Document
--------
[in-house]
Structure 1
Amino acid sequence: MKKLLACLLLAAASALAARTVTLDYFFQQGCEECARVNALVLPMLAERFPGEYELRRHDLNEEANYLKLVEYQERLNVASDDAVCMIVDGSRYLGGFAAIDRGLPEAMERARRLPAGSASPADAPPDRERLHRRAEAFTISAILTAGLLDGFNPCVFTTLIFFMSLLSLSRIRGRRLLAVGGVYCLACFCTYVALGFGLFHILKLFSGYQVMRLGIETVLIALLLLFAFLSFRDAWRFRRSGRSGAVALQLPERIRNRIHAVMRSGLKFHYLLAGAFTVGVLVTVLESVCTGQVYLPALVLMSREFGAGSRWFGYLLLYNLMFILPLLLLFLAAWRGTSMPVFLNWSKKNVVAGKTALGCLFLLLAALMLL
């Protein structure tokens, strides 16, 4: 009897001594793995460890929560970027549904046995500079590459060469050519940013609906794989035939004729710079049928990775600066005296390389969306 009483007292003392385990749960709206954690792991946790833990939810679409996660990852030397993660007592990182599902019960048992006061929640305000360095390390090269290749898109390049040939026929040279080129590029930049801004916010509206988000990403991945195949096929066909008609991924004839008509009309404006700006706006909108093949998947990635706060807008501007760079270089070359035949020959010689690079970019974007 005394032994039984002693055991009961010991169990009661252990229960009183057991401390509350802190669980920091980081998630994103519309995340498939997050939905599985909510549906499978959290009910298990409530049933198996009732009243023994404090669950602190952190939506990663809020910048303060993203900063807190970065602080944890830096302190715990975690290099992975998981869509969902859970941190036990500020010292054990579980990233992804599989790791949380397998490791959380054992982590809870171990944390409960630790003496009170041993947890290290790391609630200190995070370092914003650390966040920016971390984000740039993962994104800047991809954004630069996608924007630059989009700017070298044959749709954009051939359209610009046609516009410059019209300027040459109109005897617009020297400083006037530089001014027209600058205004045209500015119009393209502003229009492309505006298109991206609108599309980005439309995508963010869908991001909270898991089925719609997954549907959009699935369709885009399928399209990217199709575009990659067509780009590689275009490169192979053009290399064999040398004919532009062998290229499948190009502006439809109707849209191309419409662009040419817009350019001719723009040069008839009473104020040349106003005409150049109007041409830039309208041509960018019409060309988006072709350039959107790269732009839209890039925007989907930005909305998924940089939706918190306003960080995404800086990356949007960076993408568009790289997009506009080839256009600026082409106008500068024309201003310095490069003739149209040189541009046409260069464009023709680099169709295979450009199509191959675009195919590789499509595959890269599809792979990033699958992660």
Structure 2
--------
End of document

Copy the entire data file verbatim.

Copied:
[in-house]
Structure 1
Amino acid sequence: MKKLLACLLLAAASALAARTVTLDYFFQQGCEECARVNALVLPMLAERFPGEYELRRHDLNEEANYLKLVEYQERLNVASDDAVCMIVDGSRYLGGFAAIDRGLPEAMERARRLPAGSASPADAPPDRERLHRRAEAFTISAILTAGLLDGFNPCVFTTLIFFMSLLSLSRIRGRRLLAVGGVYCLACFCTYVALGFGLFHILKLFSGYQVMRLGIETVLIALLLLFAFLSFRDAWRFRRSGRSGAVALQLPERIRNRIHAVMRSGLKFHYLLAGAFTVGVLVTVLESVCTGQVYLPALVLMSREFGAGSRWFGYLLLYNLMFILPLLLLFLAAWRGTSMPVFLNWSKKNVVAGKTALGCLFLLLAALMLL
């Protein structure tokens, strides 16, 4: 009897001594793995460890929560970027549904046995500079590459060469050519940013609906794989035939004729710079049928990775600066005296390389969306 009483007292003392385990749960709206954690792991946790833990939810679409996660990852030397993660007592990182599902019960048992006061929640305000360095390390090269290749898109390049040939026929040279080129590029930049801004916010509206988000990403991945195949096929066909008609991924004839008509009309404006700006706006909108093949998947990635706060807008501007760079270089070359035949020959010689690079970019974007 005394032994039984002693055991009961010991169990009661252990229960009183057991401390509350802190669980920091980081998630994103519309995340498939997050939905599985909510549906499978959290009910298990409530049933198996009732009243023994404090669950602190952190939506990663809020910048303060993203900063807190970065602080944890830096302190715990975690290099992975998981869509969902859970941190036990500020010292054990579980990233992804599989790791949380397998490791959380054992982590809870171990944390409960630790003496009170041993947890290290790391609630200190995070370092914003650390966040920016971390984000740039993962994104800047991809954004630069996608924007630059989009700017070298044959749709954009051939359209610009046609516009410059019209300027040459109109005897617009020297400083006037530089001014027209600058205004045209500015119009393209502003229009492309505006298109991206609108599309980005439309995508963010869908991001909270898991089925719609997954549907959009699935369709885009399928399209990217199709575009990659067509780009590689275009490169192979053009290399064999040398004919532009062998290229499948190009502006439809109707849209191309419409662009040419817009350019001719723009040069008839009473104020040349106003005409150049109007041409830039309208041509960018019409060309988006072709350039959107790269732009839209890039925007989907930005909305998924940089939706918190306003960080995404800086990356949007960076993408568009790289997009506009080839256009600026082409106008500068024309201003310095490069003739149209040189541009046409260069464009023709680099169709295979450009199509191959675009195919590789499509595959890269599809792979990033699958992660």
Structure 2